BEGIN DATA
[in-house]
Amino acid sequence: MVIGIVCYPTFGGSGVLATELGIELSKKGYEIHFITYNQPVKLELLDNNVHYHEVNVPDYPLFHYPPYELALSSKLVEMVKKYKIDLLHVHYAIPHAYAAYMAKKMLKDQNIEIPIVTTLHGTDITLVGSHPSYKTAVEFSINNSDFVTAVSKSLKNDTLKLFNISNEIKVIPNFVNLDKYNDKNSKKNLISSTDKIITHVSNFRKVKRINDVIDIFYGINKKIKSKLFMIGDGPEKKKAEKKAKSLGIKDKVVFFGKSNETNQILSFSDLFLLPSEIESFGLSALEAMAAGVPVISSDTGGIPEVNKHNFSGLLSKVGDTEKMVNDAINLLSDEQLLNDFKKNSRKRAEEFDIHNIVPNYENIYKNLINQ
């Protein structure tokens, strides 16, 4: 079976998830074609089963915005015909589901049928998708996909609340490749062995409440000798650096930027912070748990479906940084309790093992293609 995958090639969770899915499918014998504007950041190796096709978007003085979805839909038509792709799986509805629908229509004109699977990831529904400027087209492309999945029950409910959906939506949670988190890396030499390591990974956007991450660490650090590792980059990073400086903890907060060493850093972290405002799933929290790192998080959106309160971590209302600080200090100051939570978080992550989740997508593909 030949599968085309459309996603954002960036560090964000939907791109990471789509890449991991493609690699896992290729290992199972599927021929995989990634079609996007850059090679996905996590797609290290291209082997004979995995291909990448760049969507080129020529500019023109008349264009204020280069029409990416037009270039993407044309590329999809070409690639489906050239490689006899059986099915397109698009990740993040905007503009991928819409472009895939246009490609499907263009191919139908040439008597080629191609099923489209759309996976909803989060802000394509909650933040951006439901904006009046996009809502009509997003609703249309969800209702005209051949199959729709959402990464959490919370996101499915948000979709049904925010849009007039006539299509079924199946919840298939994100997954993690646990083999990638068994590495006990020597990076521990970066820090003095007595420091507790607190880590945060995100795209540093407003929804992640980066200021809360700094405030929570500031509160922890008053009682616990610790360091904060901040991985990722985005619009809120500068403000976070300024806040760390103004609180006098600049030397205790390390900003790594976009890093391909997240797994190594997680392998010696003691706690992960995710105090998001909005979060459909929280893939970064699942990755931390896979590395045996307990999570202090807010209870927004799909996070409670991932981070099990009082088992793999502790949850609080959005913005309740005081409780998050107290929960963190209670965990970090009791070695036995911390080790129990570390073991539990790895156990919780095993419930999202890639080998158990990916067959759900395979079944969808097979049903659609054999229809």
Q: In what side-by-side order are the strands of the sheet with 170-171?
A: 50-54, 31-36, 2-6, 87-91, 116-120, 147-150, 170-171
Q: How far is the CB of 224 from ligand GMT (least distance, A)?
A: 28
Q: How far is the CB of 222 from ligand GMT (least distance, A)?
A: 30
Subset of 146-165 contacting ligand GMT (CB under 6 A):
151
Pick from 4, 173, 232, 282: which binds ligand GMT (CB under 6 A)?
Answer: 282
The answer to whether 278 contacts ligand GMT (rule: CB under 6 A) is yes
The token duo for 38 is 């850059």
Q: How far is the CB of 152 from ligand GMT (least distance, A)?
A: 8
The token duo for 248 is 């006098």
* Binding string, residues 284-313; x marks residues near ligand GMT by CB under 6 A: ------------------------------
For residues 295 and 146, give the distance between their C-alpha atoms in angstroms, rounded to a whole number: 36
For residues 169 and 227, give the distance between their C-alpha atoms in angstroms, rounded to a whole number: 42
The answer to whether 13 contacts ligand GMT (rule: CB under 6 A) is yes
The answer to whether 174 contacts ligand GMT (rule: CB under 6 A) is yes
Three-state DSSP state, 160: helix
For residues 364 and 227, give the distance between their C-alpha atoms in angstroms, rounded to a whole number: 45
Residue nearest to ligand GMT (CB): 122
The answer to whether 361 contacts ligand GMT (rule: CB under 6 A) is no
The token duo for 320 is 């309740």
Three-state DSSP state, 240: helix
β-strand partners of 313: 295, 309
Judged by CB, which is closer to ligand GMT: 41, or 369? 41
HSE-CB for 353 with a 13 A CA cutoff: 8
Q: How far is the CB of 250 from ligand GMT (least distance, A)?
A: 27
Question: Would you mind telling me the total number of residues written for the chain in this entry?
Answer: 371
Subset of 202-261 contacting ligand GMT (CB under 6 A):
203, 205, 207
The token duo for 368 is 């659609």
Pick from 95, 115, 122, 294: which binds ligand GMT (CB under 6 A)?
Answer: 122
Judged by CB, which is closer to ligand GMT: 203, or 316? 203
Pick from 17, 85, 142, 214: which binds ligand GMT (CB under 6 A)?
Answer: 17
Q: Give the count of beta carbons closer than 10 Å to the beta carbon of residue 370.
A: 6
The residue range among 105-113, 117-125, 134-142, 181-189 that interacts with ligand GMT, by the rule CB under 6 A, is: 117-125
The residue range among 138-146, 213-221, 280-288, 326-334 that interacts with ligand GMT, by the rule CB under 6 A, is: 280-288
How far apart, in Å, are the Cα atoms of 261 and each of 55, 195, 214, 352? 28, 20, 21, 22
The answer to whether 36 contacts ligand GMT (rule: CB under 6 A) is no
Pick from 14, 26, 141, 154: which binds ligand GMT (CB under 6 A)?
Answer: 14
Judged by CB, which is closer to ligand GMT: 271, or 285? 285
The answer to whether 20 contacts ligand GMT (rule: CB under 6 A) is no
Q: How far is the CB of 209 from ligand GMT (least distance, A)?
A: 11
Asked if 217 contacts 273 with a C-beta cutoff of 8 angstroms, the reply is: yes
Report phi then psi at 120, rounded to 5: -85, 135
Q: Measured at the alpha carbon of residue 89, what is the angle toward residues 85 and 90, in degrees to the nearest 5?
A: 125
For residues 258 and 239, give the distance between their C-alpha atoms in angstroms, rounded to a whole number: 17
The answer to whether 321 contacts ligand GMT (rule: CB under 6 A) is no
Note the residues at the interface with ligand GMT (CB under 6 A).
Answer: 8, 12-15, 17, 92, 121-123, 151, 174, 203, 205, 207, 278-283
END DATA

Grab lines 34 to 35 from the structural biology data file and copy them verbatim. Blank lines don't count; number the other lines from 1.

A: 27
Question: Would you mind telling me the total number of residues written for the chain in this entry?